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The word Fogou or Fougou as it can also be spelt, derives from 'fogo' which was the Cornish word for cave. A fogou (pronounced "foo-goo") is an underground structure which is found in many Iron Age defended settlements throughout northern Europe including Cornwall and in northern Scotland including the Orkney Islands.



Fogous consist of a buried, corbelled stone wall, tapering at the top and capped by stone slabs. They were mainly constructed by excavating a sloping trench about 5 ft (1.5 m) wide and 6 ft (1.8 m) deep, lining it with drystone walling as stated, which was battered inwards and roofed with flat slabs; soil from excavation was heaped on top as at Pendeen Vau or incorporated in the rampart of the enclosure as at Halliggye Fogou, Trelowarren.[1]


The purpose of a fogou is no longer known, and there is little evidence to suggest what it might have been. It has been conjectured that they were used for religious purposes, as refuges, or for food storage. Many are orientated south-west-north-east, facing the prevailing wind.[1] Their central location in settlements and the work which evidently went into constructing them is indicative of their importance to the community, which gives credence to a religious or ceremonial function.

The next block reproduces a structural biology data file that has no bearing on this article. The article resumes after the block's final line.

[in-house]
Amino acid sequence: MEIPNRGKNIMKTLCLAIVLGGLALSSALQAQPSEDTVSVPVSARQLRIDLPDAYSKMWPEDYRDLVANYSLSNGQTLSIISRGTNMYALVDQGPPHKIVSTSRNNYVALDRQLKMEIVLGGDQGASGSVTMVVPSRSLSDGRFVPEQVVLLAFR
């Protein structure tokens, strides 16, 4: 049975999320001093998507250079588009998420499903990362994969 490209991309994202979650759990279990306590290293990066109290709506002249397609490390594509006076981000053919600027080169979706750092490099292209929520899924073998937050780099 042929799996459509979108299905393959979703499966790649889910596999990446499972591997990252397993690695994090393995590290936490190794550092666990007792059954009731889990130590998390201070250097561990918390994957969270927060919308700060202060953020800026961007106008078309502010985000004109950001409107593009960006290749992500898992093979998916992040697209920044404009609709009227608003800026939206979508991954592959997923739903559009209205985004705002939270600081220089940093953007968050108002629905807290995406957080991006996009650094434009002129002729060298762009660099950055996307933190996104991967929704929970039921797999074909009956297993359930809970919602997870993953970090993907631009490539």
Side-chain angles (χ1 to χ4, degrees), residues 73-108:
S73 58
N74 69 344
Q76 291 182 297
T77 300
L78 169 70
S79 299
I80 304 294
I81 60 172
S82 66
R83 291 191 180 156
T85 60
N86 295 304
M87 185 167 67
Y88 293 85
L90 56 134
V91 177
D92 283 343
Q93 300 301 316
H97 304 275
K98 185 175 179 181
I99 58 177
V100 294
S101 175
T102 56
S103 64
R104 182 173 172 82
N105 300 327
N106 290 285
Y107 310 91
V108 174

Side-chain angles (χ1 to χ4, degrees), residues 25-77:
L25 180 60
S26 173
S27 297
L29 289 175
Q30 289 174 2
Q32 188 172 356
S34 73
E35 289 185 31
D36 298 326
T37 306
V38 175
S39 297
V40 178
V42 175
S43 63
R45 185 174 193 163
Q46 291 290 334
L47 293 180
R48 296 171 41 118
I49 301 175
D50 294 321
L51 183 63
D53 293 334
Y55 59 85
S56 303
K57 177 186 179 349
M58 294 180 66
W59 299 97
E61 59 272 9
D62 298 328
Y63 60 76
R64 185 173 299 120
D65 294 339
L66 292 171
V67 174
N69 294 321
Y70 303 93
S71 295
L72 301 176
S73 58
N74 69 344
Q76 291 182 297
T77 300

The word derives from the Celtic *ifócw, meaning a cave. Locals in Cornwall called them 'fuggy-holes.'[2] Being open at both ends a fogou could provide ideal conditions for food storage,especially the drying of meat. Ashpits found at Trewardreva and in the circular side-chamber at Carn Euny were probably for preserving gulls eggs, as was done on Saint Kilda. A layer of black greasy mould with charcoal, animals and bird bones at Treveneague is also very suggestive of food storage. A statement made by Diodorus Siculus was that Iron Age people in Britain stored their grain in 'underground repositories', adding contemporary evidence to the speculation that they were mainly used for food storage.[1]

History & Archaeology

Tacitus describes the Germans hollowing out underground caves, covering them with manure and using them as storehouses and refuges from winter frosts. He also claimed that they hid in their boltholes to escape detection by raiders. Fogous may have had a similar function to the underground Kivas of the Native Americans.[3]

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